“Are you taking any pain meds?”  No, those ran out weeks ago and were not refillable.  On a scale of 1-10, it’s an annoying 2, and depending on the activity, it spikes to a 4.  “Who drove you here?”  I drove myself. (A look of disbelief crosses his face.)  “How much weight can you put on your leg?”  Let me show you.  I stood up and with help balancing on my crutches, I put about 60% of my weight on it.  “Ok, just continue to just put touch pressure on it.  I worry about breaking that complicated machine that is in your leg now.”  It’s not complicated, it’s a metal web clamp secured by screws.  “This is way beyond my expertise.  I’m going to refer you to a hip trauma doctor for you to see next month.

A nurse came in and told me which doctors they were referring me to for my follow-up follow-up.  (Yes, I used the word twice.)  Then she said, “You’re the one–the one with the hardware store in your leg.”  Yes.  “The whole office is talking about you.”  Good to know.  Why do I keep hearing this in my head? Why do they have the automatic door buttons on the opposite side of the door they open?  There are times I can’t hit the button and get to the door before it closes!

So my orthopedic doc is having a heart attack after looking at my x-rays, telling me that he’s amazed that I can walk, let alone drive.  And yet, I am to continue my life as if this condition with my hip is just an inconvenience.   Well it’s a heck of an inconvenience.  Getting out of bed in the morning requires balance and timing now.  Getting into and out of the shower is a major accomplishment.  Stairs are much slower.  Opening doors and keeping them open long enough to enter takes coordination:  Pull open the door quickly so it continues to open after you put your hand back on the crutch.  Move the crutch into a position on the ground so the rubber end catches the door before it closes. Shoulder the door so you can move the crutch to a new blocking position, while edging further into the doorway with the other crutch.  Shoulder the door again moving both crutches in, and block the door from smacking you in the back side by placing the heel of your good leg just outside the door frame.  Clear the door way. Getting in and out of the car is always a series of steps, and hoping the crutches don’t fall down onto the pavement before you need them.  I fear wet floors in bathrooms.  I can’t cook because I cannot move food to and from the refridge to the counter or the stove.  If I microwave something, I can’t move the plate to the table.  I can’t carry a bottle of water, or a cup of coffee.  I can wash dishes, but I can’t put them away.  I can’t do laundry.  I can’t vacuum.  Looks like I’m confined to crutches for at least another month.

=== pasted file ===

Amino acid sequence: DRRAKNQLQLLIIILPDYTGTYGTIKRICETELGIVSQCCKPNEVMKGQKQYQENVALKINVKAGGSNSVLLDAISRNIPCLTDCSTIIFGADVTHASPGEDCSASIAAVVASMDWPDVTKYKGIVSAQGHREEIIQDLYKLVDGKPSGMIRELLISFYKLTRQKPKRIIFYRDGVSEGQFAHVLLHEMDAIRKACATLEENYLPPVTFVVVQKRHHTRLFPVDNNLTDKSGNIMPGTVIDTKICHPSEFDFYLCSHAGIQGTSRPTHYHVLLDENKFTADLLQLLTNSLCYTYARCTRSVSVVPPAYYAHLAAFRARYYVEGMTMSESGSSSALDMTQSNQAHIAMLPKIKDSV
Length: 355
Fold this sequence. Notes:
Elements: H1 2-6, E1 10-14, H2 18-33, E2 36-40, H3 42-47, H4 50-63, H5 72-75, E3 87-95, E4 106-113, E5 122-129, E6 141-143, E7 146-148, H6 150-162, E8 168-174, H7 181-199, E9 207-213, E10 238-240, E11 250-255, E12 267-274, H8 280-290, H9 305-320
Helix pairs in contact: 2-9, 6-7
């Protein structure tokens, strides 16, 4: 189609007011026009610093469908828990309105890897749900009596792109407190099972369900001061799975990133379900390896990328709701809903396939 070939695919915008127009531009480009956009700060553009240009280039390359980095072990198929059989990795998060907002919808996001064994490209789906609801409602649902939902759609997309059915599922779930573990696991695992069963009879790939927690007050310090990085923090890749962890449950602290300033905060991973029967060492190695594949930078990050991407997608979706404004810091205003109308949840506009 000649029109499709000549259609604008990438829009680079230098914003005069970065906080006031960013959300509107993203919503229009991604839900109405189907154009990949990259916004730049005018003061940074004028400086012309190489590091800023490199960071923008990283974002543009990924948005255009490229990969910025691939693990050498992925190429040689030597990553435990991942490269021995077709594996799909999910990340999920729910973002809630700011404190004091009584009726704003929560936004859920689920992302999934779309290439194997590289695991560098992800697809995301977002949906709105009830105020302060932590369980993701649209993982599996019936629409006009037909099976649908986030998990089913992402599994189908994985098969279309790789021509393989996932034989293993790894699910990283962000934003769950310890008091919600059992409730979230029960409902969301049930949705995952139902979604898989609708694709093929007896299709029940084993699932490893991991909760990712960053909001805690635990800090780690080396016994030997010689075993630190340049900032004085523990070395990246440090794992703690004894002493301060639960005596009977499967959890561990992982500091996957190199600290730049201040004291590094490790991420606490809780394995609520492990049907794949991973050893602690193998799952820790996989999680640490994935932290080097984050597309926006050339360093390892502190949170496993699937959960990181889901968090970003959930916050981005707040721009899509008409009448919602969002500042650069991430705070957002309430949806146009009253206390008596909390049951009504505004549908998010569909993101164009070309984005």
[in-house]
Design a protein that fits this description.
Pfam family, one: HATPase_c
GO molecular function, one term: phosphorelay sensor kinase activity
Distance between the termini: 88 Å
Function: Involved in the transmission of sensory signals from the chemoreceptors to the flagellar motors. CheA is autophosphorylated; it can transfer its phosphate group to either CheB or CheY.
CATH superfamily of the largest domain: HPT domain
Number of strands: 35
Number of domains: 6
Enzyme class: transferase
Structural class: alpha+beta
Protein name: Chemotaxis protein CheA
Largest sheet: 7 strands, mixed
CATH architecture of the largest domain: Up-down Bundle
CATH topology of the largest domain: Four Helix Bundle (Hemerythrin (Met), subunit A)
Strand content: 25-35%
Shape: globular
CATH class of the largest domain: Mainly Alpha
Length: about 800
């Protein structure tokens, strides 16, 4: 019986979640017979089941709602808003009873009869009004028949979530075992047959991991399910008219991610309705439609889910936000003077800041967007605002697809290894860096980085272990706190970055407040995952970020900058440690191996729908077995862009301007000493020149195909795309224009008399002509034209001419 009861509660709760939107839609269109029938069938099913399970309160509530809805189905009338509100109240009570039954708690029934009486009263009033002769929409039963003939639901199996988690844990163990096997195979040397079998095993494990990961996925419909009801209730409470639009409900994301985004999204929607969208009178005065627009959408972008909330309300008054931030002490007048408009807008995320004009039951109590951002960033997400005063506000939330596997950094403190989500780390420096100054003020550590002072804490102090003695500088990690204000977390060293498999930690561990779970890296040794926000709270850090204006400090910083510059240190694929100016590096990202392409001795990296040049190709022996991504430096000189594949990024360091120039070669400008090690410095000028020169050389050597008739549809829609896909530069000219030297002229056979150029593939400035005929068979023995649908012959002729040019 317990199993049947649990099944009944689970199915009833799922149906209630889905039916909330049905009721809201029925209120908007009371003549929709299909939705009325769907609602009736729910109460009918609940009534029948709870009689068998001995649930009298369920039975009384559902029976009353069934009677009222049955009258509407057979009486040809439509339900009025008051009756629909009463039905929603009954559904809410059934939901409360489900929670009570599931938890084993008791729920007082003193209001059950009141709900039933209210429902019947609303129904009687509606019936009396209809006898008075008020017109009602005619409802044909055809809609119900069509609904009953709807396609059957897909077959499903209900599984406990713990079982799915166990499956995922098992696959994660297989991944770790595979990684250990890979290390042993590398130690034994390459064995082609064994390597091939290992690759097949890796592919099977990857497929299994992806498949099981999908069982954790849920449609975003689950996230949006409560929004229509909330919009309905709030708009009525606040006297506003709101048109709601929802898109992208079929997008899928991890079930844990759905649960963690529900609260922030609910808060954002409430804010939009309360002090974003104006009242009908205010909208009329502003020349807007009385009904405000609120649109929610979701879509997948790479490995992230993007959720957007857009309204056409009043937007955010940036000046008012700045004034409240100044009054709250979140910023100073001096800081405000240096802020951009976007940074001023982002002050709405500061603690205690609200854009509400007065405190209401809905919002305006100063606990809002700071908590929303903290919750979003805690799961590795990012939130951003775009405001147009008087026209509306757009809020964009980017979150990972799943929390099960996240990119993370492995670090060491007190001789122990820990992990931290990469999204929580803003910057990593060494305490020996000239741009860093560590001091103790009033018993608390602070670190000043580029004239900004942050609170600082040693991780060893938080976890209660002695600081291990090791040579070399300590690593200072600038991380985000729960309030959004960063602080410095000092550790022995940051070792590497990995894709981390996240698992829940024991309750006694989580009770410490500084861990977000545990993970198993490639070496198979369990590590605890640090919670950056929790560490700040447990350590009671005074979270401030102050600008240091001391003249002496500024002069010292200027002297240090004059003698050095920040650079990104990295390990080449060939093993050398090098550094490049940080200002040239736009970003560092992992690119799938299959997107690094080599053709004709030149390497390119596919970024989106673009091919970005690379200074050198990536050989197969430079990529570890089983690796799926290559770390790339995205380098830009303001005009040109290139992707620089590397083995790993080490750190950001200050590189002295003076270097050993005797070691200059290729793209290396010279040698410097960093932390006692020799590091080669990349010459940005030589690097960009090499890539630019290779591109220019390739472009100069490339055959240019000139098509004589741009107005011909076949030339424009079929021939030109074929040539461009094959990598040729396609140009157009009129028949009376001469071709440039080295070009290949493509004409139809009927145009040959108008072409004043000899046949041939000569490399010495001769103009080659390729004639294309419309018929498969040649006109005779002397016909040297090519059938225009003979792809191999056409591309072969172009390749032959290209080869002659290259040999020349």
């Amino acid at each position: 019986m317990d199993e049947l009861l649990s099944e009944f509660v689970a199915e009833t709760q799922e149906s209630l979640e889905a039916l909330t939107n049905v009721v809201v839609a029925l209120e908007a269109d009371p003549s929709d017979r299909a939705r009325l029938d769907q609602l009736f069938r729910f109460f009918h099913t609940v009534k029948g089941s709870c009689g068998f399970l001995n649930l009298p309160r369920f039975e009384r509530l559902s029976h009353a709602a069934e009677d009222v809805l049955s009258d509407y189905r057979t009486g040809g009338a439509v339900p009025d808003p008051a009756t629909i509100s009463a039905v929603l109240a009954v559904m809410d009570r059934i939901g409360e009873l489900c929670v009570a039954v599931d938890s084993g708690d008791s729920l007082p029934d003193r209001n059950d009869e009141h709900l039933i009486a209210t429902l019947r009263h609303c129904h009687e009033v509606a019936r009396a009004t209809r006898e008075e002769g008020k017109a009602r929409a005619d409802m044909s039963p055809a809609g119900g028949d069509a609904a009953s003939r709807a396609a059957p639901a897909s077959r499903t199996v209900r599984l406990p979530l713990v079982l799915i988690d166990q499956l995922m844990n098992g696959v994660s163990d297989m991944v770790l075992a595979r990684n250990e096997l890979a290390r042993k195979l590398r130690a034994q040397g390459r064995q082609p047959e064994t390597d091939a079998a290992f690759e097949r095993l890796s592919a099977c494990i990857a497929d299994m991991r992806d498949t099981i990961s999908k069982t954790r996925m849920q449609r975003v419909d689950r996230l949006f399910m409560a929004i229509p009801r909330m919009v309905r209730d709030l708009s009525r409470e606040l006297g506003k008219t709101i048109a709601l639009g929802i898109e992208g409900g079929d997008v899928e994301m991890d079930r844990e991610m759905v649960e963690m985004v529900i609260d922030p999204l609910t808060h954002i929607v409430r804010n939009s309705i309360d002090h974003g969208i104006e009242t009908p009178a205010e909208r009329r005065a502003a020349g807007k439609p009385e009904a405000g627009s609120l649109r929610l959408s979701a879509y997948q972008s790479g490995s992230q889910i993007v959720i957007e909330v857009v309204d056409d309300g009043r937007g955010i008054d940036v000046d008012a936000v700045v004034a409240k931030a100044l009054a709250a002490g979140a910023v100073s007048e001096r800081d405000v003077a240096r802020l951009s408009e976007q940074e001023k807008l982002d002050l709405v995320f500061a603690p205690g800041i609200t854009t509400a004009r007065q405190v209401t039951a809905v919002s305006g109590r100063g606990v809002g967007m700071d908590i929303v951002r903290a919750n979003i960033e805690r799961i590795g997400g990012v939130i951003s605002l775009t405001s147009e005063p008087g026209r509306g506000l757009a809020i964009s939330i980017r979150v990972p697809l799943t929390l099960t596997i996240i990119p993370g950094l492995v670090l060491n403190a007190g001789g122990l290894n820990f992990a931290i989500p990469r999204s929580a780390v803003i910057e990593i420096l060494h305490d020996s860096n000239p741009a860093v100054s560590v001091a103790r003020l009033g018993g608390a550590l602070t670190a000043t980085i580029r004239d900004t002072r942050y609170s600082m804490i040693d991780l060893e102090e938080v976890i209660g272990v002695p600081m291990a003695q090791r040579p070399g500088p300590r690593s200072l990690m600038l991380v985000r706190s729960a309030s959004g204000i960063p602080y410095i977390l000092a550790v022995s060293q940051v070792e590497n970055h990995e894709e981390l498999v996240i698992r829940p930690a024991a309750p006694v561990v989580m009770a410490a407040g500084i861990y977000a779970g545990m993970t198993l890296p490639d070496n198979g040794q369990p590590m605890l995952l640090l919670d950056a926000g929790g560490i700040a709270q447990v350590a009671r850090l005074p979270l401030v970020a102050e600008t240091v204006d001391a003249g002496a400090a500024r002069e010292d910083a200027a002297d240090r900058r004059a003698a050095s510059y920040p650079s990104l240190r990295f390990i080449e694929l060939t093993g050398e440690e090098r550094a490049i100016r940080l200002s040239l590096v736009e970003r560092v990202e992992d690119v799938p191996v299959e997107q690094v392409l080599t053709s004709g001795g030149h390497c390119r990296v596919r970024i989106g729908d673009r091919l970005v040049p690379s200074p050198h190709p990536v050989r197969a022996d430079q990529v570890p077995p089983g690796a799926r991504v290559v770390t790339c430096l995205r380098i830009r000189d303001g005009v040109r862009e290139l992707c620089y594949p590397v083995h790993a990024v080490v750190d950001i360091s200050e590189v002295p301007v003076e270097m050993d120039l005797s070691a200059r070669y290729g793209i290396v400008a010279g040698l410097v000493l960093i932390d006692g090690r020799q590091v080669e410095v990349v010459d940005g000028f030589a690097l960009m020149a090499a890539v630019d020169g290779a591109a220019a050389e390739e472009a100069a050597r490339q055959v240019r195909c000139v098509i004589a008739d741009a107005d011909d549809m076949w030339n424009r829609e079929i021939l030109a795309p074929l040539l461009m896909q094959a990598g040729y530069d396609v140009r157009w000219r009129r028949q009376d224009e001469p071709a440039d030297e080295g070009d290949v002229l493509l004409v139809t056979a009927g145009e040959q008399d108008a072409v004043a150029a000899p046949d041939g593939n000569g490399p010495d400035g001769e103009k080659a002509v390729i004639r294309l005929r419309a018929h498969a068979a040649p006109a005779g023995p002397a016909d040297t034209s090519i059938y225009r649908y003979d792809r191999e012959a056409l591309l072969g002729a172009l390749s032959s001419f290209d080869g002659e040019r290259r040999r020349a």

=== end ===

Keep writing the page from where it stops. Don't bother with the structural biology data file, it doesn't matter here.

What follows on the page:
But I have lessons to give, a conference over the weekend where I help with one activity, and then am in charge of another.  So I do these things, and do “work-arounds” to compensate for my crutches and the pain.  Thank God I have an amazing husband that picks up the slack when he’s home.  He cooks for me, does laundry, and helps keep me organized and (fairly) sane.  But most people assume that because I put on a good face and make light of things that I have no pain, that I’m OK.  This is me being brave.  I don’t want to be, but I have to be.